5. This article was very well written and shows how many crazy ideas and accusations that were going on during this time it’s crazy to think that they believed that if someone had any time of mole or wart or other type of mark on them they’d be accused of being a witch no matter what there status was in society.

  6. This was a fascinating article. I think it is crazy how people fell into these crazy stories about people practicing witchcraft. I think people just started accusing people that they didn’t like to get them as a target for the community. It would have been interesting to see how long this could have continued before something really crazy happened like the whole town was burned down to get ride of all the evil.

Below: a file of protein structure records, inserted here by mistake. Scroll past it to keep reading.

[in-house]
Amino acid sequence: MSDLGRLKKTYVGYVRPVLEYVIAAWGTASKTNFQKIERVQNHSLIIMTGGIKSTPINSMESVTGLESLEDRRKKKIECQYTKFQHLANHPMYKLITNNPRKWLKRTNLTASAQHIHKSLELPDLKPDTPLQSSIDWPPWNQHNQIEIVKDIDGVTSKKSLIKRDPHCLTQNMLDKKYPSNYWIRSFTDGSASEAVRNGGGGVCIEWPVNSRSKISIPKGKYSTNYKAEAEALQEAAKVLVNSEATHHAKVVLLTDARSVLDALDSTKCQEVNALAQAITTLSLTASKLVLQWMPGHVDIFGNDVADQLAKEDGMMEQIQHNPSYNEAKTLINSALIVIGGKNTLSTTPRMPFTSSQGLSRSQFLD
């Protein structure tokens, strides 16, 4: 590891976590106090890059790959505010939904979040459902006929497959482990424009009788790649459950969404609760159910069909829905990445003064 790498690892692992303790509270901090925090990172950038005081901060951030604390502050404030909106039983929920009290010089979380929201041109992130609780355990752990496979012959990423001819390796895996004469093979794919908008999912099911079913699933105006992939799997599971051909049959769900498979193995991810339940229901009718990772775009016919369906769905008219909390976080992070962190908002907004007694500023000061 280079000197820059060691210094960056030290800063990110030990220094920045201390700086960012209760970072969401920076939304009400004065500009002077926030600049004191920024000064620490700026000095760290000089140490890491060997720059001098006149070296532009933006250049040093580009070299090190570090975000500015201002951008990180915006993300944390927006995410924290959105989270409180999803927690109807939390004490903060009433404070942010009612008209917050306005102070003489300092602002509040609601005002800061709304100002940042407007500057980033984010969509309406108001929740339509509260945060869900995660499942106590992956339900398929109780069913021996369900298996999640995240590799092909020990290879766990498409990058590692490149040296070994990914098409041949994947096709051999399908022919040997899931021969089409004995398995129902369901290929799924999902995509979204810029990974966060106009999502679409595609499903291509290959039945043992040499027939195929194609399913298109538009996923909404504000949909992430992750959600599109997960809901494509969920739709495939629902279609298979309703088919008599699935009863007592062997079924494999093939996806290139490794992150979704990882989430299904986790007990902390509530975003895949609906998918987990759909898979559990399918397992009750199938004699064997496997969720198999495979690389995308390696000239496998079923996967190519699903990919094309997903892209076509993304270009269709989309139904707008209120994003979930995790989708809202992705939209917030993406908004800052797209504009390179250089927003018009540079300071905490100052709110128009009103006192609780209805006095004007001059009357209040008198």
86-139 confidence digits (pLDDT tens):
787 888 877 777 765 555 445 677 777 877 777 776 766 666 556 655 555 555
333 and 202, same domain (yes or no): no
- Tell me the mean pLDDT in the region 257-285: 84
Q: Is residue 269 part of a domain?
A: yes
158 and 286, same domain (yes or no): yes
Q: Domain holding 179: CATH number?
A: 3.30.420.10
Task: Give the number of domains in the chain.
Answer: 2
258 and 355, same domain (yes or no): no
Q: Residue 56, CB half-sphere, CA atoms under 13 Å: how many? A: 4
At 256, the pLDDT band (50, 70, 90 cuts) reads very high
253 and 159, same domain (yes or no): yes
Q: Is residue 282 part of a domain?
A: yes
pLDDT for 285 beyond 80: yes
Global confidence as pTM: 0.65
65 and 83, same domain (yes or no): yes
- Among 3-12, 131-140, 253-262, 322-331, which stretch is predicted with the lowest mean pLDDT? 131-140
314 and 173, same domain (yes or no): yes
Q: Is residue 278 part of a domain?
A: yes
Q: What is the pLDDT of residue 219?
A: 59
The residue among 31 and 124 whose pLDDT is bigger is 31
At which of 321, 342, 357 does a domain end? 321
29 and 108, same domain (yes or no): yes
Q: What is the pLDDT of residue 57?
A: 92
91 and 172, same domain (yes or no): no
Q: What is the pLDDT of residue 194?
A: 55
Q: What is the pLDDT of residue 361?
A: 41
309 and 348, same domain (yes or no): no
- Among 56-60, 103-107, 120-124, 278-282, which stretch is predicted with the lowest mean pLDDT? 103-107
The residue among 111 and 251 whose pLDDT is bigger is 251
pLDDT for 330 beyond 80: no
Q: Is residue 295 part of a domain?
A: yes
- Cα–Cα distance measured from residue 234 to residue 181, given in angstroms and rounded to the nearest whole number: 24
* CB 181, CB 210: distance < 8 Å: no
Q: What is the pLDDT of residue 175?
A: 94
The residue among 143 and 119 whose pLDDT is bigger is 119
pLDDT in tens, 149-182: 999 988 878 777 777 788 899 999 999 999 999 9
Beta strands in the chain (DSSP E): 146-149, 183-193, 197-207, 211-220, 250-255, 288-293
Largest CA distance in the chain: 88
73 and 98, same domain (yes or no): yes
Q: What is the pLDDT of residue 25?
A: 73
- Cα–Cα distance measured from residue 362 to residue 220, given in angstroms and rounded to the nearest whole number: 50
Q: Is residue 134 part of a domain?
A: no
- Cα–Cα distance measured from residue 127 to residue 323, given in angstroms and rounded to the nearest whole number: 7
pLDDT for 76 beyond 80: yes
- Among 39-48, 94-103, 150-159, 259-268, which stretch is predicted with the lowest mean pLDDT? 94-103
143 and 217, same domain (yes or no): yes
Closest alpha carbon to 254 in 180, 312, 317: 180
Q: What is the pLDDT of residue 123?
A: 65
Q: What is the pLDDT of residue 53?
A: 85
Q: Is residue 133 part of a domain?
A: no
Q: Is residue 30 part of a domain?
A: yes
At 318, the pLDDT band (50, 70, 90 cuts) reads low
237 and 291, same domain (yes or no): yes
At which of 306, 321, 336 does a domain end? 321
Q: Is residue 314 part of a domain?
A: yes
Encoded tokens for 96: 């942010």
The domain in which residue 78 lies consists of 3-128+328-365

7. This article was well written and allows the reader to understand the Salem Witch Trials and how this event started. I think asking the question “Why would adults in Salem, Massachusetts in the 1690s take the accusations of nine-year-old girls seriously?” makes the reader wonder what could possibly be happening that grown adults would believe something that a young child thinks. I also like how the ending of these trials is included in the end of this article.

  8. I have always found the Salem Witch Trials fascinating so I enjoyed how the article broke down the timeline from beginning to end. It was well written, and I am glad to see that you put the different reasons women were targeted and put at risk for being put on trial. I also found it interesting how you put ht impact on the community as a whole and not only those targeted.